Australia can maintain strong relationships with both China and Japan, despite their ongoing political spat, the country's Trade Minister told CNBC.
Earlier this month Japanese Prime Minister Shinzo Abe's visit to Australia prompted speculation that Australia risked damaging its relationship with China, its largest trading partner.
Tensions over the disputed ownership of islands in the East China Sea have kept China and Japan at loggerheads in recent years, souring trade relations between them.
But Australia's Trade Minister Andrew Robb told CNBC at the B20 Australia 2014 conference on Thursday, this should not be the case.
"If you increase your friendship with one friend, it doesn't mean you reduce your friendship with others. We can and we must maintain and grow very strong relationships and greater trust with all of these countries in the region," said Robb.
"We have 51 percent of our exports going to Japan, South Korea or China. It is fundamental for us and for the region that we have strong relationships with each of these countries," he added.
Australia has secured bilateral trade deals with both Japan (this month) and South Korea (in April), but an equivalent free trade agreement with China has been proven difficult to nail down and has been under negotiation for nearly a decade.
Robb told CNBC the Chinese were "tough negotiators" but he expects the agreement to be finalized by year-end.
"We're at I'd say a fairly advanced stage... they've stalled badly over recent years and I think we've breathed good life back into it," he said.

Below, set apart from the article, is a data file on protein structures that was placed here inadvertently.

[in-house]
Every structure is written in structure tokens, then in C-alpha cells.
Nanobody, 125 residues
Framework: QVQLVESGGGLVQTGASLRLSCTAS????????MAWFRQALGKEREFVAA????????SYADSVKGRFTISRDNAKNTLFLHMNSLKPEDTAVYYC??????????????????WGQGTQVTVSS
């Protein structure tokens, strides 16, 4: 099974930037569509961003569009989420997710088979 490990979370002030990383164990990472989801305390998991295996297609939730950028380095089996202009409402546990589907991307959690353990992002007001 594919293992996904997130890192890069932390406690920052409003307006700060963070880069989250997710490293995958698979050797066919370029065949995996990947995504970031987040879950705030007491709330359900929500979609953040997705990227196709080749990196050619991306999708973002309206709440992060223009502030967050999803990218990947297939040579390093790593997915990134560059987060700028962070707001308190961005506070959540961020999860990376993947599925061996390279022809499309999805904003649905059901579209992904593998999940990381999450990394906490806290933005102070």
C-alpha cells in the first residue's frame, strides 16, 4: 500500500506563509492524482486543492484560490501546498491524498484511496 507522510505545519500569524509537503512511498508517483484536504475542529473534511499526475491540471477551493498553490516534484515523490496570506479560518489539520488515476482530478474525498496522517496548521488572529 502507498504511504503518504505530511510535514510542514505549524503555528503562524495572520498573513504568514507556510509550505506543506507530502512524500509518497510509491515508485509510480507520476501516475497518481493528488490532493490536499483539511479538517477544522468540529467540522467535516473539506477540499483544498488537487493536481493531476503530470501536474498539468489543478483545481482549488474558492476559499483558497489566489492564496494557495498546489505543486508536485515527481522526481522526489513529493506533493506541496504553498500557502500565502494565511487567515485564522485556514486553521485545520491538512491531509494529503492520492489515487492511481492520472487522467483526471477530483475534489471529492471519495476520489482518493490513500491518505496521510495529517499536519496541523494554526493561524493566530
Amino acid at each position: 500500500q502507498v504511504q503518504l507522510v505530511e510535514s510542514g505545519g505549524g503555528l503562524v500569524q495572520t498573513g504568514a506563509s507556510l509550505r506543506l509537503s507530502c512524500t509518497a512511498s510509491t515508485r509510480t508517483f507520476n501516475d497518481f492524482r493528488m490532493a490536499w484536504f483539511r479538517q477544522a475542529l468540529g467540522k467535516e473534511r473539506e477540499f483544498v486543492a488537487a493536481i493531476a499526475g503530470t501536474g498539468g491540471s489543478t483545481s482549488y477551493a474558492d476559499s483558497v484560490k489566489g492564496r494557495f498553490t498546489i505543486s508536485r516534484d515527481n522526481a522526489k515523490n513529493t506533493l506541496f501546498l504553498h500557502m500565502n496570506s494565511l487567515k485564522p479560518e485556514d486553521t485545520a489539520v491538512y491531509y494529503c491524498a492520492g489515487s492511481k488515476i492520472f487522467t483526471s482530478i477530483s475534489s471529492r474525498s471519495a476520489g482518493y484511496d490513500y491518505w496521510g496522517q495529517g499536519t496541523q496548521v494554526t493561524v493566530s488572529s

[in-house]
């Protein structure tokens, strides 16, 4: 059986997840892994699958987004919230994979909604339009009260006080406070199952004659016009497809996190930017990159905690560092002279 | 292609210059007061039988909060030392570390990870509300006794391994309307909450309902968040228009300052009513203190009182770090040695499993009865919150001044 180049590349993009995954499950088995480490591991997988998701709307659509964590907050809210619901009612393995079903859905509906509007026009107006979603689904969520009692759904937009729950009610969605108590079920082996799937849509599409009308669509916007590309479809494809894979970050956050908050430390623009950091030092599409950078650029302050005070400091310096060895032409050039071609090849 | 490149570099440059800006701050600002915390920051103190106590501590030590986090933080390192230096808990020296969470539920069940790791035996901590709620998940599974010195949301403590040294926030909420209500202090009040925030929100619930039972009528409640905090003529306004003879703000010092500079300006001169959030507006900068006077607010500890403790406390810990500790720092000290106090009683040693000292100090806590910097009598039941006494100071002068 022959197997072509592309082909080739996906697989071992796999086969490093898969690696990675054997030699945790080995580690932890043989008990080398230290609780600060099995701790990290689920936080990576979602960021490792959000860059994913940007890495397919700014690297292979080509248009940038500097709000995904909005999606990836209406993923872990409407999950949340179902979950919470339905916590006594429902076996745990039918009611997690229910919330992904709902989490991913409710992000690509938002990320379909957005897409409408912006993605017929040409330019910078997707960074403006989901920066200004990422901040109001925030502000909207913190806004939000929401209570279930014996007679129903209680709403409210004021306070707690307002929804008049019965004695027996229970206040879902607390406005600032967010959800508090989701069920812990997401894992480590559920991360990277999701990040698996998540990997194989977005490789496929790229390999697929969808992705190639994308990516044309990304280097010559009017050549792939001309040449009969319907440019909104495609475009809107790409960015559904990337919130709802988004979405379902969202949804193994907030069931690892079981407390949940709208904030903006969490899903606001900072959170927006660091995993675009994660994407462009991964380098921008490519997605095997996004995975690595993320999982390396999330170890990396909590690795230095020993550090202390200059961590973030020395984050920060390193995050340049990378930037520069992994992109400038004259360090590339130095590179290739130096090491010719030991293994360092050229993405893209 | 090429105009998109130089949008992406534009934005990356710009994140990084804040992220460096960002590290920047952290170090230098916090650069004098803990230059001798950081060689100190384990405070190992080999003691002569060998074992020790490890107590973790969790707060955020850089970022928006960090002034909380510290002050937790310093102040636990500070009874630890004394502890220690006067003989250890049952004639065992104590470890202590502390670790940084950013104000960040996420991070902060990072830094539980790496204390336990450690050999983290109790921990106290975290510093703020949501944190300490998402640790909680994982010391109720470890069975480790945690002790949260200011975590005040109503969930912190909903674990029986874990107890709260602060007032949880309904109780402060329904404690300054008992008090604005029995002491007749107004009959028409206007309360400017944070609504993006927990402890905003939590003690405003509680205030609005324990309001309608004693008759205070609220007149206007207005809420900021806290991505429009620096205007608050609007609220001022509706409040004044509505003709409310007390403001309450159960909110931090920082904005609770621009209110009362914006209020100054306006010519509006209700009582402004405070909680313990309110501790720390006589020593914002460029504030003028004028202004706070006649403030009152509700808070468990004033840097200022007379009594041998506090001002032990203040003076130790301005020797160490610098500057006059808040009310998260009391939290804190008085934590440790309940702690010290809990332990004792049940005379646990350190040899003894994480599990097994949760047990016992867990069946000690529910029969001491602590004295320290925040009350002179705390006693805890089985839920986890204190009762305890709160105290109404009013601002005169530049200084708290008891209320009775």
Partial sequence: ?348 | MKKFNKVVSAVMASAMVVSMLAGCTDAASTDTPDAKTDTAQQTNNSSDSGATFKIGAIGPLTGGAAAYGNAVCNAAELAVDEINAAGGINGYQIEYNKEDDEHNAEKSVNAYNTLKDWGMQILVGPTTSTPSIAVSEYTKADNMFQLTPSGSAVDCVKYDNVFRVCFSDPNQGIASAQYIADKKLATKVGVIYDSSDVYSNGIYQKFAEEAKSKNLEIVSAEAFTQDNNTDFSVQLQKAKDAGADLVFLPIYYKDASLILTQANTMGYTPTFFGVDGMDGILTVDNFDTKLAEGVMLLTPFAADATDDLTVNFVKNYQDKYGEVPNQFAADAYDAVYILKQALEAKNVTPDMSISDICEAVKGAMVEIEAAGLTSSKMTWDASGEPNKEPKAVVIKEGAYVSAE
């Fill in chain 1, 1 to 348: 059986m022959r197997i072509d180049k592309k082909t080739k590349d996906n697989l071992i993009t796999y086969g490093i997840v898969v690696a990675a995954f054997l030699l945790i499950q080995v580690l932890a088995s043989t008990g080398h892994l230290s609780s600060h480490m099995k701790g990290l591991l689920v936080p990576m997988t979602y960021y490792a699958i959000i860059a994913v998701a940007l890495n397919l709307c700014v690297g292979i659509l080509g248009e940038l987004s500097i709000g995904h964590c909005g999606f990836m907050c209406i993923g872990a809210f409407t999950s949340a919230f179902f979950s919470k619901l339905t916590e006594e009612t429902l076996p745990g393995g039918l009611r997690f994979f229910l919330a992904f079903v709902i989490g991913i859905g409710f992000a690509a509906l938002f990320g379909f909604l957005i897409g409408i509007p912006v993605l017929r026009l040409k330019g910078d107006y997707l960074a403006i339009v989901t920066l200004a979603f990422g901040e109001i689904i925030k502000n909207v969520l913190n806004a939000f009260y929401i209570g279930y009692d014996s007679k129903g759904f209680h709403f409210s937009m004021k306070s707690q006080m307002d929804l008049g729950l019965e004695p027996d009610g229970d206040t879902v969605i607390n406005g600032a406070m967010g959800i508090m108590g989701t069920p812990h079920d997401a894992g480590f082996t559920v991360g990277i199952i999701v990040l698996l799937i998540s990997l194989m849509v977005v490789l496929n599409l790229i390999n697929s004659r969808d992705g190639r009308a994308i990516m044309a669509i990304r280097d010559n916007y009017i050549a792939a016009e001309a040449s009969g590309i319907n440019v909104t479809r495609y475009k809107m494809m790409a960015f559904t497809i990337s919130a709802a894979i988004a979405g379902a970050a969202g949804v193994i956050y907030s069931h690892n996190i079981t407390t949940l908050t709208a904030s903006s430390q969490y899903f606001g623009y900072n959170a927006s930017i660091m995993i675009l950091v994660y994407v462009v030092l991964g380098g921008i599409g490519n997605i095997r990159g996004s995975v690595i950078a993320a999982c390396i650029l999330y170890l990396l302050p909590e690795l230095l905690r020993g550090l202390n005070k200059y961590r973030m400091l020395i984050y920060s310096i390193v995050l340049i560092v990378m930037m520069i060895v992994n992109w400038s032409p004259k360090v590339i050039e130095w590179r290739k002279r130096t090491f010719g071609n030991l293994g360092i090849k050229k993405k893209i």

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"There is still a lot of work to be done, they are tough negotiators I've got to say, but we have set a framework and if the political will is there we can reach a favorable agreement by the end of this year," he added.
Robb said the agreement with China would focus on agriculture and services, amongst other sectors.
Four hundred business leaders gathered at the B20 conference in Sydney this week to develop recommendations designed to help the G-20 achieve its objective of increasing global growth by at least two percentage points over the next five years.
The Australian Trade Minister said each country present at the B20 needs to unilaterally remove some of the barriers hindering trade between them to help achieve this goal.
"The wood is being put on every country to nominate what they can do in their own country, not necessarily what we can do collectively. We don't have to wait for agreements to reach those sorts of things," he added.
Also speaking at the B20 conference on Thursday, the CEO BHP Billiton, the world's largest mining firm, told CNBC that B20 members needed to commit to a more "21st century approach" to liberalizing world trade.
"I'm hoping they'll realize that by doing some of the recommendations that we're going to make to them, they have the potential to add another Germany to the world economy, which is greater than $3 trillion dollars of turnover and 15 million new jobs," said Andrew Mackenzie.
Mackenzie hopes Australia will hammer out a free trade agreement with China because it would help integrate the country more closely into BHP's major markets.
In doing that they're creating the potential for greater multi-lateral agreement, not just in the pacific, but worldwide, so I very much support the efforts of this government," he added.
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